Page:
A busy weekend getting the families together to celebrate grads and dads. Saturday showed off the great beauties of the Northwest summer season. Warm and sunny afternoon weather followed by pleasantly warm temperatures extending into the late evening hours. The barbecue scents wafted over the landscape.
It was a weekend of celebration and gatherings. It felt like a blessed time-out from the cultural and economic upheavals shaking us all at our core. However, try as one might to ignore the anger-producing process of getting to the celebrations and reunions, once again the desperate and inane traffic problems of the region were in your face, along with the delicious remains from that special barbecue sauce.
I jest, for I am loath to return from the flights of fancy that this weekend produced for so many families. It felt like the best of summer memories with Grandma X celebrating her granddaughter's graduation, and Uncle Y being seen making new-found overtures to his dad that he hadn't seen or talked with for 20 years. I want to revel in the memories, but Mayor Nickels, at this very busy time of the year for families, has asked for our input, and given us just a short month's time frame.
To promote his $1.8-billion, 20-year tax proposal to fix a backlog of transportation problems, the mayor wants us to fill out a nomination form listing our per-ceptions of the worst problems. Is this carrying the famous "Seattle process" to new heights? He assures us that the "dirty dozen" list will undoubtedly match his own roster of the most urgent problems.
Where is the leadership? Don't we pay the mayor to give the city a well-informed vision that can be clearly presented and understood by the citizenry?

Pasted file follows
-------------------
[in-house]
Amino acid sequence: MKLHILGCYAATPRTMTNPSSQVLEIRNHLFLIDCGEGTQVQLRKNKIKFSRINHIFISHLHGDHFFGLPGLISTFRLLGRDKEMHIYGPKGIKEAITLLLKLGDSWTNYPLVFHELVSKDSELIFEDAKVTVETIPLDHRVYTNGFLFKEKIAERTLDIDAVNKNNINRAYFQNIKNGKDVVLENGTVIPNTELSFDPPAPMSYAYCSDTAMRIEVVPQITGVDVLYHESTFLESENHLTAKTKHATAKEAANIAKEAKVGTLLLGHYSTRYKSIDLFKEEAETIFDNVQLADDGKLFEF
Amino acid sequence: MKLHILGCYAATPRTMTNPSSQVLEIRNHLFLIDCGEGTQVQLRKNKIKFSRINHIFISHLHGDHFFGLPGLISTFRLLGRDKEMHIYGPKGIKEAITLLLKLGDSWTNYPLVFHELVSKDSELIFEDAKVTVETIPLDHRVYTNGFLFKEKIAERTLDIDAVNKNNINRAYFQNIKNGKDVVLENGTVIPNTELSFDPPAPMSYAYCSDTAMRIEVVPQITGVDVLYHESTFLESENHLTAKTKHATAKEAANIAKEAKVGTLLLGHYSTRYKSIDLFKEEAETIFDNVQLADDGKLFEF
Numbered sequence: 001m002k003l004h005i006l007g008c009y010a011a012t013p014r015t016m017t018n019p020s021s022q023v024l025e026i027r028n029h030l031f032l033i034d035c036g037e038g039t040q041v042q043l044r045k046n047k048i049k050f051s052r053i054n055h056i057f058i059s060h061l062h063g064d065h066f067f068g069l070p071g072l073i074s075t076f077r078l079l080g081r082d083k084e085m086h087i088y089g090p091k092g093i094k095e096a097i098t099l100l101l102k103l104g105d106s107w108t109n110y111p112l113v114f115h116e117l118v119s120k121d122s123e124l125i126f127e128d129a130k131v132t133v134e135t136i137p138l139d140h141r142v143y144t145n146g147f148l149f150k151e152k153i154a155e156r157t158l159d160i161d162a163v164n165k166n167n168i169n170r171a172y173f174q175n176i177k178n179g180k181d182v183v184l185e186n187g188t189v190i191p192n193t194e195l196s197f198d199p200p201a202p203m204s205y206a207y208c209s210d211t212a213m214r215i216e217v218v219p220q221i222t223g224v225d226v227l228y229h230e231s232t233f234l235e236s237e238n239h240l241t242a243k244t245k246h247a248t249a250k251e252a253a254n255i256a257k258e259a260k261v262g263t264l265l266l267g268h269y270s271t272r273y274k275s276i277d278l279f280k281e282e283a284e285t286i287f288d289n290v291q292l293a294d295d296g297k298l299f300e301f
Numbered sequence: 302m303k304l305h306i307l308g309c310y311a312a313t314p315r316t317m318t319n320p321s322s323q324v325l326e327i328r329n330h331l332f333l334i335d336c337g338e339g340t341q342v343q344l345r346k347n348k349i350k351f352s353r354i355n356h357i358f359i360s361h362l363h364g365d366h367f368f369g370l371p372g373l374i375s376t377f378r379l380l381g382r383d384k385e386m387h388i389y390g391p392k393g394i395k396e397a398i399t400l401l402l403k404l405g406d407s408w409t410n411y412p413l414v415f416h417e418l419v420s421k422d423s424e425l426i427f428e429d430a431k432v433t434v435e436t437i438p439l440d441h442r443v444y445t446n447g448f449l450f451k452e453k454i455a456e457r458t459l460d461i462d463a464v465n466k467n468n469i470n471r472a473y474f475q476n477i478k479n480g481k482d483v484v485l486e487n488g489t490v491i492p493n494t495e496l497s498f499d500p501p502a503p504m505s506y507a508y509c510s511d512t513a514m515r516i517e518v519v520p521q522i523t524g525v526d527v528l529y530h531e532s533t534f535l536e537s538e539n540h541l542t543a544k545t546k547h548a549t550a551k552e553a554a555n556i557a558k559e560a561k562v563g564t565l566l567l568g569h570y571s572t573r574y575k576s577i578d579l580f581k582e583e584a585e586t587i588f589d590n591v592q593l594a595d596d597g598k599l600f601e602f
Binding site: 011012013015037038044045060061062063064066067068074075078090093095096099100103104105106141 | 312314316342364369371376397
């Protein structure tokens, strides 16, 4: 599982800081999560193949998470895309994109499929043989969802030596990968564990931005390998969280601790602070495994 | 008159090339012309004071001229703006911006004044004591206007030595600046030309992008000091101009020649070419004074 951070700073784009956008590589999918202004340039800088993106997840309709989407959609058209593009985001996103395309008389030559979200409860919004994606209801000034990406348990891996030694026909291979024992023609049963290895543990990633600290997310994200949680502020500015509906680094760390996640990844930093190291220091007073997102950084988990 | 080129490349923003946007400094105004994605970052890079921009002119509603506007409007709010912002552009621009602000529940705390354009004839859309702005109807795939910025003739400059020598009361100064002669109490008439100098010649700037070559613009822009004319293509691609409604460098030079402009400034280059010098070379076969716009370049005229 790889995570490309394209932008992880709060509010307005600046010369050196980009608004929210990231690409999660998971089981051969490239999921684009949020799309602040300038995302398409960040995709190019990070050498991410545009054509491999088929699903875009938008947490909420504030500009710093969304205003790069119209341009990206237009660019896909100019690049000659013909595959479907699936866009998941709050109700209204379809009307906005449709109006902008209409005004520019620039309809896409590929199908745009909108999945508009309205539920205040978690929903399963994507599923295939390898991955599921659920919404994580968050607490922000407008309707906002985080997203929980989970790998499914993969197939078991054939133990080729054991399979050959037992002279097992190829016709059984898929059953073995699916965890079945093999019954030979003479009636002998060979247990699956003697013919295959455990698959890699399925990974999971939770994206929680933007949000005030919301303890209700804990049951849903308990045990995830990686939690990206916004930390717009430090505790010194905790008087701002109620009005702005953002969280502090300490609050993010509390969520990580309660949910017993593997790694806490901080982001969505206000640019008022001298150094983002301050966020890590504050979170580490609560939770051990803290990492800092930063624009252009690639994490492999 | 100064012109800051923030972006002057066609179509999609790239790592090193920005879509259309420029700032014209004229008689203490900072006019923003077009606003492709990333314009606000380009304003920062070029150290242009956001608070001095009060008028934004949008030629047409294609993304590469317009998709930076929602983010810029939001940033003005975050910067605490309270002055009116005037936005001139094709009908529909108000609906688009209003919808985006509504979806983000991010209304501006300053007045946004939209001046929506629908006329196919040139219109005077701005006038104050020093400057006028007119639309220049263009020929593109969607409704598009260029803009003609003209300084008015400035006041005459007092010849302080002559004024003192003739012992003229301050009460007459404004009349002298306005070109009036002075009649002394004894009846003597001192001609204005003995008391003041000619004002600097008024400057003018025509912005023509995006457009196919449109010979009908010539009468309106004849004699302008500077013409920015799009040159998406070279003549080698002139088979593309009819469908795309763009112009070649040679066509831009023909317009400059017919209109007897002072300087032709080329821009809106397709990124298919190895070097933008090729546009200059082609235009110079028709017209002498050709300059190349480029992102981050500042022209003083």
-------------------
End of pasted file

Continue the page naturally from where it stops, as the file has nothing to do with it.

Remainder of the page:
Why does this latest "effort" by the mayor remind me of his much-celebrated and vaunted Pothole Brigade? He got a lot of good press. The calls were answered in 48 hours, as promised. Some major problems were addressed. But two years later, the system is broken. The quick fills are deteriorating. No one has done a follow-up study to see if the program is correcting, in any way, the decline of the city's infrastructure.
This smells like a classic Band-Aid approach, rather than inspired leadership.
I rant because I had the good "fortune" to have to make the 911 call for a beloved one, seriously thrown by an "unfixed" pothole. Six days in the hospital, possible surgery in the future and six months of physical therapy have been the outcome, to date. An aside: The X-ray technicians all commented about the high number of pothole injuries they work on every day.
I fear with good reason that this latest effort by Mayor Nickels for nominations and input from the citizenry will be spun into an evidentiary validation for his tax proposal. What ever happened to open, vigorous public debate and inspired, well-informed leadership?